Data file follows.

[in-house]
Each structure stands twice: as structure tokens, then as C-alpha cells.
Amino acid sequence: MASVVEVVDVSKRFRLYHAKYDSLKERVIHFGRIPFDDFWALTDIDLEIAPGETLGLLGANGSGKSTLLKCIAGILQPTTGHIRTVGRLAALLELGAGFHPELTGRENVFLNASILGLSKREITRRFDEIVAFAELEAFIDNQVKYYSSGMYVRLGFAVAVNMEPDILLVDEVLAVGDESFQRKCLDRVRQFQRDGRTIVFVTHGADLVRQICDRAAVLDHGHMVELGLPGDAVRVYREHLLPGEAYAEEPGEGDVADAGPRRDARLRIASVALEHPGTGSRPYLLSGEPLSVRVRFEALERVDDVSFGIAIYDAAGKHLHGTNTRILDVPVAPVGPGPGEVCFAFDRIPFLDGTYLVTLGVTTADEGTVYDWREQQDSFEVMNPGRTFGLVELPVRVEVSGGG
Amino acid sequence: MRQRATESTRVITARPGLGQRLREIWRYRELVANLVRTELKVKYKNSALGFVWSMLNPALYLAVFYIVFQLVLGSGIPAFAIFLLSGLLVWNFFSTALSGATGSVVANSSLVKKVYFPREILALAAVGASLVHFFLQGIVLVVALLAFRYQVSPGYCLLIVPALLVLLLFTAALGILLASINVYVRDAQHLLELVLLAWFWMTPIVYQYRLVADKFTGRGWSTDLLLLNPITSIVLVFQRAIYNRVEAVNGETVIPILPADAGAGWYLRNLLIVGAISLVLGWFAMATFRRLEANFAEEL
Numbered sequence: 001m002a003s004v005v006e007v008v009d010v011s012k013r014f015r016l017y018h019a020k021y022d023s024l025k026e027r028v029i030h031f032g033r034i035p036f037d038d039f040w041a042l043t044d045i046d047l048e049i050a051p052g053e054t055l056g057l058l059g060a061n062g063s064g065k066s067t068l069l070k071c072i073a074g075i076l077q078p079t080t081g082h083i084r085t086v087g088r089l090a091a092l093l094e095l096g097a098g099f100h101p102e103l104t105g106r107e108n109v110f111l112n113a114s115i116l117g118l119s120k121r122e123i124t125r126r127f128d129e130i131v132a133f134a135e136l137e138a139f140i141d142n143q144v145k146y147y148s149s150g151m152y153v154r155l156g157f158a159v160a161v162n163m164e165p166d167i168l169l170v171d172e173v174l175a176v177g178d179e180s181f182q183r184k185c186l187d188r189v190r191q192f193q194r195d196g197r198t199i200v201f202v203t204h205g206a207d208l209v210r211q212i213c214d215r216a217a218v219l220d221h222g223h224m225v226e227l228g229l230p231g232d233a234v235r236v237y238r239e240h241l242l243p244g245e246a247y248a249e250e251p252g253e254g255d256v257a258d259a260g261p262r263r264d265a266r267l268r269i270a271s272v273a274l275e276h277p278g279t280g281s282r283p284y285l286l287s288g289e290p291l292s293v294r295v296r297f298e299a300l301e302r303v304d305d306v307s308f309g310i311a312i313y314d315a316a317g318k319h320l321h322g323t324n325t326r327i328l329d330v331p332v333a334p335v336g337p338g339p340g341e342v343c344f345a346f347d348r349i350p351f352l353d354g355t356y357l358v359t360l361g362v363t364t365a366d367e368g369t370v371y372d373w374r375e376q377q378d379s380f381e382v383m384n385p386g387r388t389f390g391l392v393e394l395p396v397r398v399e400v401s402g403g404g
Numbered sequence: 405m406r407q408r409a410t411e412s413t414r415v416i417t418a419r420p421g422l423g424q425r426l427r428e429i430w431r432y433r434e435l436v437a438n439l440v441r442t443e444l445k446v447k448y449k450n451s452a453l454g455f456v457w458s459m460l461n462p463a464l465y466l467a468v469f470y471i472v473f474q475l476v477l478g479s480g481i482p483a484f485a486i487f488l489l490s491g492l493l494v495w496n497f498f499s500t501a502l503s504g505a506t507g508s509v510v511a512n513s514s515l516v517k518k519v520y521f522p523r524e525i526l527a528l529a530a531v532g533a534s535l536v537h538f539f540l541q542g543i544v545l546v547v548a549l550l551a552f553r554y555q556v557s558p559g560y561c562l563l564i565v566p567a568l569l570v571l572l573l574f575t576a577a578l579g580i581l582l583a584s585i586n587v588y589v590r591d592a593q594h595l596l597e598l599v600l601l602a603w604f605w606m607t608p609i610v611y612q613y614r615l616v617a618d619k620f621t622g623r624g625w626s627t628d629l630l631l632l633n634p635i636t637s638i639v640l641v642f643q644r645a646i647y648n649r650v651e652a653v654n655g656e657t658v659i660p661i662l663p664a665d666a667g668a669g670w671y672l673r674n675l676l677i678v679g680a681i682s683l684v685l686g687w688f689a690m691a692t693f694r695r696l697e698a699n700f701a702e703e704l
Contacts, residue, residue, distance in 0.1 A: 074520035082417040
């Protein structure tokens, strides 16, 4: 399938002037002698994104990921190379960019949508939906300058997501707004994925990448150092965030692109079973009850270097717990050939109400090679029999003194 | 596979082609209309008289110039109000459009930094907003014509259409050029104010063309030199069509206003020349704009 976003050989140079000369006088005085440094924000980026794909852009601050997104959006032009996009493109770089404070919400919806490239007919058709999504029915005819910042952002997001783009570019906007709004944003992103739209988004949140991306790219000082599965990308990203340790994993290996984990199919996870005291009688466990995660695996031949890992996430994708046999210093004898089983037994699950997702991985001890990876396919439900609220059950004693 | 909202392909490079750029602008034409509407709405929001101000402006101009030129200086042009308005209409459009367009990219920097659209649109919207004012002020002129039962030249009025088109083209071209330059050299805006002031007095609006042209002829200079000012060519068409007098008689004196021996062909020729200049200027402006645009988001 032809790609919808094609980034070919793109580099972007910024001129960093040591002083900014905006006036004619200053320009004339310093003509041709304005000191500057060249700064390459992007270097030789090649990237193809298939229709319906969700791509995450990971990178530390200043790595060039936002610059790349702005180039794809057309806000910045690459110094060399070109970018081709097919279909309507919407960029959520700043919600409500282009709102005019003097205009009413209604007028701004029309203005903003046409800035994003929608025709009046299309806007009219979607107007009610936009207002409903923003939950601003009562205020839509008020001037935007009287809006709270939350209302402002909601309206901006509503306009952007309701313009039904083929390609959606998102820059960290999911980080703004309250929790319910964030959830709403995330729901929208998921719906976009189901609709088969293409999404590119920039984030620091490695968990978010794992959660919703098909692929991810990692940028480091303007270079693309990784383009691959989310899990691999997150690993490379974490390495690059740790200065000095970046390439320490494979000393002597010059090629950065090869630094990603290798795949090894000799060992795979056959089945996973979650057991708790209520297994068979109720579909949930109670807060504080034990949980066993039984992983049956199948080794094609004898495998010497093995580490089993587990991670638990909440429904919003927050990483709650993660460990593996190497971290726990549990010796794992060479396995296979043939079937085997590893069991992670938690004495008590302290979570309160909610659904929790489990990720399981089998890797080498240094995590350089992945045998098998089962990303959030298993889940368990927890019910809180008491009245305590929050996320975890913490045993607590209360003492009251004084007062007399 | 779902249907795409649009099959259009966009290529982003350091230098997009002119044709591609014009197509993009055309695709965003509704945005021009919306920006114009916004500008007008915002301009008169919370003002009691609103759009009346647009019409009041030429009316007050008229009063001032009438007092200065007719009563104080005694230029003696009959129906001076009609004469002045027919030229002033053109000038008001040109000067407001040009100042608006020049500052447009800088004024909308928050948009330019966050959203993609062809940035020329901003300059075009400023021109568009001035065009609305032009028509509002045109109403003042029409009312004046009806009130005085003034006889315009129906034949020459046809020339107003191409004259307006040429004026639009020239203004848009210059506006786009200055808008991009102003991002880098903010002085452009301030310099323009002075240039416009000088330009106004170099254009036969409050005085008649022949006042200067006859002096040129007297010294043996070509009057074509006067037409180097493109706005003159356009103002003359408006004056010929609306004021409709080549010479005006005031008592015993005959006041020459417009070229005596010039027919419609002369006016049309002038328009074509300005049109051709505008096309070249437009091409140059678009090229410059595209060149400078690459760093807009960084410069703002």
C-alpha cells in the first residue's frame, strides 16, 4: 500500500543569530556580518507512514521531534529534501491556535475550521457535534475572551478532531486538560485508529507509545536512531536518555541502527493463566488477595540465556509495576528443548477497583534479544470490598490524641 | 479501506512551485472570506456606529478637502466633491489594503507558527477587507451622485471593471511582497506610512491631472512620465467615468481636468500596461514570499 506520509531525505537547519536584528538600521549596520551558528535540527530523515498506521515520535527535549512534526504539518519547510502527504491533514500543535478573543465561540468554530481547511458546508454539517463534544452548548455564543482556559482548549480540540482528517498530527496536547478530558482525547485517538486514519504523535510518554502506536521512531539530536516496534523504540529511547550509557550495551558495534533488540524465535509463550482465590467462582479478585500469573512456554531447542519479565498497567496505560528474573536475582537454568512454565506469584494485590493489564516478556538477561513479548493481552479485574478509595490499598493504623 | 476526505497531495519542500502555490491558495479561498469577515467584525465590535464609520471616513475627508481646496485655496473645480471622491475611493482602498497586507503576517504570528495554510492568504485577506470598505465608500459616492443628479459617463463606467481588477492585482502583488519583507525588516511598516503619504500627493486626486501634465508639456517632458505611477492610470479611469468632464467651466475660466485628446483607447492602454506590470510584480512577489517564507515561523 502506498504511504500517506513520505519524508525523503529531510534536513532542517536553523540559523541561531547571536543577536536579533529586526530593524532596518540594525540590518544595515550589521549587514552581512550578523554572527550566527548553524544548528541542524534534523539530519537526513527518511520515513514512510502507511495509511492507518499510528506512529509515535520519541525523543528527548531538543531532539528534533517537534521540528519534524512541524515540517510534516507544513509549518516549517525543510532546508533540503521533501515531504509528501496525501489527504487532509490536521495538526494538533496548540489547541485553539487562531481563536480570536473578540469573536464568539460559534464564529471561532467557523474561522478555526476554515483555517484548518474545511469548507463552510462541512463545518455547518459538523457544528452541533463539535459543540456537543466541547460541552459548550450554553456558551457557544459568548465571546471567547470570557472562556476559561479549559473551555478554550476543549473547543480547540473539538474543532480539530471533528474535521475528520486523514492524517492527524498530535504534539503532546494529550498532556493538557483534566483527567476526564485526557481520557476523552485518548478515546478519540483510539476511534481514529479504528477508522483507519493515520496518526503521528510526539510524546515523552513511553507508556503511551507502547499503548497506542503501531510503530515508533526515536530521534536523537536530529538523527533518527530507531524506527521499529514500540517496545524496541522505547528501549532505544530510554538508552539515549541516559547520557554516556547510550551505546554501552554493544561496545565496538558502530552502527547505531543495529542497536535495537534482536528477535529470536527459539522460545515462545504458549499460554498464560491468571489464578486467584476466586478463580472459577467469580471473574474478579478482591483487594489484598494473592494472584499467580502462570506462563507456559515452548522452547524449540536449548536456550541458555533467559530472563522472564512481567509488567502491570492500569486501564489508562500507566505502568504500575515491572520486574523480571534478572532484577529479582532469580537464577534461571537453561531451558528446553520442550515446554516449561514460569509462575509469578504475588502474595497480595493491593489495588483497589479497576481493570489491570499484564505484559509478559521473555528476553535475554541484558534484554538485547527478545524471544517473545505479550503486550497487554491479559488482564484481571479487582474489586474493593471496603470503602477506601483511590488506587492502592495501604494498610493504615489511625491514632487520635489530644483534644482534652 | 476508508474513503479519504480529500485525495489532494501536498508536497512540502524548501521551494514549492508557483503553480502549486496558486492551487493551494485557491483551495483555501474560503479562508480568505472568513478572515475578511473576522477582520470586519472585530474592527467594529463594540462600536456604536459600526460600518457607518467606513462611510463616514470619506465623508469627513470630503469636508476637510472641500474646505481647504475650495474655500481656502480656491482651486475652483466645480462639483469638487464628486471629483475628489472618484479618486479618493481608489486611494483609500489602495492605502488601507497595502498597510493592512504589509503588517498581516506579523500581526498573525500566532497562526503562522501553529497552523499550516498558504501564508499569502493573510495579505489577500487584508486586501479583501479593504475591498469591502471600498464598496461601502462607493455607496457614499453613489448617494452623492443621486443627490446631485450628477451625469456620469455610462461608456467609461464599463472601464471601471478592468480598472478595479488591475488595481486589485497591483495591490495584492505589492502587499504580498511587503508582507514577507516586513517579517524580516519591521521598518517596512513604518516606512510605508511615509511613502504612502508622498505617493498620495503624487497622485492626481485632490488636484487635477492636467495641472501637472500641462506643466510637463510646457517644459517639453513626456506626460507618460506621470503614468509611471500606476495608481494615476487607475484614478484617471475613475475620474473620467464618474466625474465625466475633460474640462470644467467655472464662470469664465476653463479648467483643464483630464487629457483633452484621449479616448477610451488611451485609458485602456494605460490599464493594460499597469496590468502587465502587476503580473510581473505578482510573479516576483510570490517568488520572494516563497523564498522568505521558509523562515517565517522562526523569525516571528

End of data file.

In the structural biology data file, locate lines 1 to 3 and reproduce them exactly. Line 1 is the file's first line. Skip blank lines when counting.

[in-house]
Each structure stands twice: as structure tokens, then as C-alpha cells.
Amino acid sequence: MASVVEVVDVSKRFRLYHAKYDSLKERVIHFGRIPFDDFWALTDIDLEIAPGETLGLLGANGSGKSTLLKCIAGILQPTTGHIRTVGRLAALLELGAGFHPELTGRENVFLNASILGLSKREITRRFDEIVAFAELEAFIDNQVKYYSSGMYVRLGFAVAVNMEPDILLVDEVLAVGDESFQRKCLDRVRQFQRDGRTIVFVTHGADLVRQICDRAAVLDHGHMVELGLPGDAVRVYREHLLPGEAYAEEPGEGDVADAGPRRDARLRIASVALEHPGTGSRPYLLSGEPLSVRVRFEALERVDDVSFGIAIYDAAGKHLHGTNTRILDVPVAPVGPGPGEVCFAFDRIPFLDGTYLVTLGVTTADEGTVYDWREQQDSFEVMNPGRTFGLVELPVRVEVSGGG